Sunday, November 28, 2004

Where I Learn Some Jewish History

I've been reading Antichrist by Bernard McGinn and near the beginning of the book, McGinn discusses some historical figures who have been portrayed as possible Antichrists, including Antiochus IV. McGinn goes on to account the story of the Maccabees - how Antiochus persecuted the Jews, including erecting a temple to Zeus in the middle of their temple and how they subsequently revolted and overthrew his tyranny. But at the end of this account, McGinn adds the final sentence, "The persecutor himself had died a few weeks earlier." (27).

So I went and looked it up, not realizing the Revolt of the Maccabees is the event that led to Chanukah. The site I cite states:

"...the holiday of Chanukah celebrates:
the defeat of Antiochus"

This was all sounding sort of strange - there's a major Jewish holiday to celebrate defeating a king who was already dead? I though at first it was some sort of Jewish irony, but Wikipedia finally set me straight - he wasn't dead yet when the revolt started, he was simply sending armies from afar and only died later when he started to personally march on the Maccabees, and the real significance was the foundation of Israel (for one hundred years) and the establishment of a royal line (the Hasmoneans), though the first of the links above notes:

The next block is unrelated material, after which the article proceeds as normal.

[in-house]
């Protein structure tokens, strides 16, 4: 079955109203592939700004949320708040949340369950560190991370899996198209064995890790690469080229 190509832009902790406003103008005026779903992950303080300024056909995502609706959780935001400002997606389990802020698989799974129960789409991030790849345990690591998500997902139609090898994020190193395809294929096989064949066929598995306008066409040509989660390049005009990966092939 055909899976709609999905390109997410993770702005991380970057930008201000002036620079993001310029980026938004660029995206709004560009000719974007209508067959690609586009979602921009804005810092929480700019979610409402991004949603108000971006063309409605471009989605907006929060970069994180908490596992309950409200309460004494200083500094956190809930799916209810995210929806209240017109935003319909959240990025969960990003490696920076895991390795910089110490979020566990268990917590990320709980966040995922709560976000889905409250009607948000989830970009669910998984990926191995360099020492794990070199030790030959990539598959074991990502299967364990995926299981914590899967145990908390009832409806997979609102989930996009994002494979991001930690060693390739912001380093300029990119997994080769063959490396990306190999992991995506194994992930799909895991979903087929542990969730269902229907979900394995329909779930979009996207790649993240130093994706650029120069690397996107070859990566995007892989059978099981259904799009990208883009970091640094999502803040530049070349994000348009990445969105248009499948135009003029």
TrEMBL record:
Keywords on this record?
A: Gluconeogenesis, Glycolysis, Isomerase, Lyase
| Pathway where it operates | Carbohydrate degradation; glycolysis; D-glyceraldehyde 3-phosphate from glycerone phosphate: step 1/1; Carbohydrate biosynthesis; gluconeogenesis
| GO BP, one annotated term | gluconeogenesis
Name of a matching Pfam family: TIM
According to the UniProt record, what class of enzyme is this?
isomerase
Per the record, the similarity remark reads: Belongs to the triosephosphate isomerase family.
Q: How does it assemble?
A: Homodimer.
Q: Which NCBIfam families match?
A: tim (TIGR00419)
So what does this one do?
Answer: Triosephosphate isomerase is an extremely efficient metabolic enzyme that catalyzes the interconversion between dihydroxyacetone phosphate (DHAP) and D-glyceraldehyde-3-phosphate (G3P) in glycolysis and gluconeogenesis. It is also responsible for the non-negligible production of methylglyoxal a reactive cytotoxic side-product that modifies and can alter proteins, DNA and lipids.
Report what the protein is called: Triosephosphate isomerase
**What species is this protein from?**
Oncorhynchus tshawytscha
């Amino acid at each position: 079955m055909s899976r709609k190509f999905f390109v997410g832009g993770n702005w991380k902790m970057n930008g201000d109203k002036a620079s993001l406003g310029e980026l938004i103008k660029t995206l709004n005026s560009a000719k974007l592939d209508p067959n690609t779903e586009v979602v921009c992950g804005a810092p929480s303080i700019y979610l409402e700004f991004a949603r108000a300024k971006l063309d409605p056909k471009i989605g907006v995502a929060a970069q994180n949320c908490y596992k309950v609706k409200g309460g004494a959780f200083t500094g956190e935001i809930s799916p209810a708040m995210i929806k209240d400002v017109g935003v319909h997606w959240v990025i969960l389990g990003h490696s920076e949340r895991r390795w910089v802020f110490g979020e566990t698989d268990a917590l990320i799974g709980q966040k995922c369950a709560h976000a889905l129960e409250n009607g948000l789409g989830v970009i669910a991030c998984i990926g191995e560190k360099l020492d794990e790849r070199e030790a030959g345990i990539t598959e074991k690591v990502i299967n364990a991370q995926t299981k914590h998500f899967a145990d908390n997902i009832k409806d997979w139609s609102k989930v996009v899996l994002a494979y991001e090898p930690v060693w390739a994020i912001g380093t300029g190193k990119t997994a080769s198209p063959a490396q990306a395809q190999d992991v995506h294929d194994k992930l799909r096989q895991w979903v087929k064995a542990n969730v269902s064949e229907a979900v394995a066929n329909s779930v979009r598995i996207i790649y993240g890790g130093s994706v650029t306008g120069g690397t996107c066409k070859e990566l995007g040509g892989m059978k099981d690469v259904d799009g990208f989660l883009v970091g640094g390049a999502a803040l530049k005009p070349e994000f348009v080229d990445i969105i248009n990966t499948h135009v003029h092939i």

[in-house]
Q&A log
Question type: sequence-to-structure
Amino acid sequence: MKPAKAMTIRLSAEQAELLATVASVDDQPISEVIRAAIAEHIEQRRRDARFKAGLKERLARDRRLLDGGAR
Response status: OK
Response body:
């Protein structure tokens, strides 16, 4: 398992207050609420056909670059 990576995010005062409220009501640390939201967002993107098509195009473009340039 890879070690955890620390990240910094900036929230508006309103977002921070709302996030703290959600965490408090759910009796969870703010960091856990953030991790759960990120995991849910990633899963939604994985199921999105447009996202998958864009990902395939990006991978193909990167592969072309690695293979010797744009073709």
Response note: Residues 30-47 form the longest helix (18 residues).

"The Maccabees' successful revolt against Antiochus' antisemitic persecution was ended about a hundred years later by their own self-destruction. Their downfall was due to greedy family members who wanted the country for themselves."

Now I know that instead of a dreidel, I can get Mean Mr. Mustard an Antiochus IV doll to burn in effigy on the 25th of Kislev (pretty much Christmas - note that some believe Christ was actually born on this anniversary of the founding of Israel) - it's good to have options.

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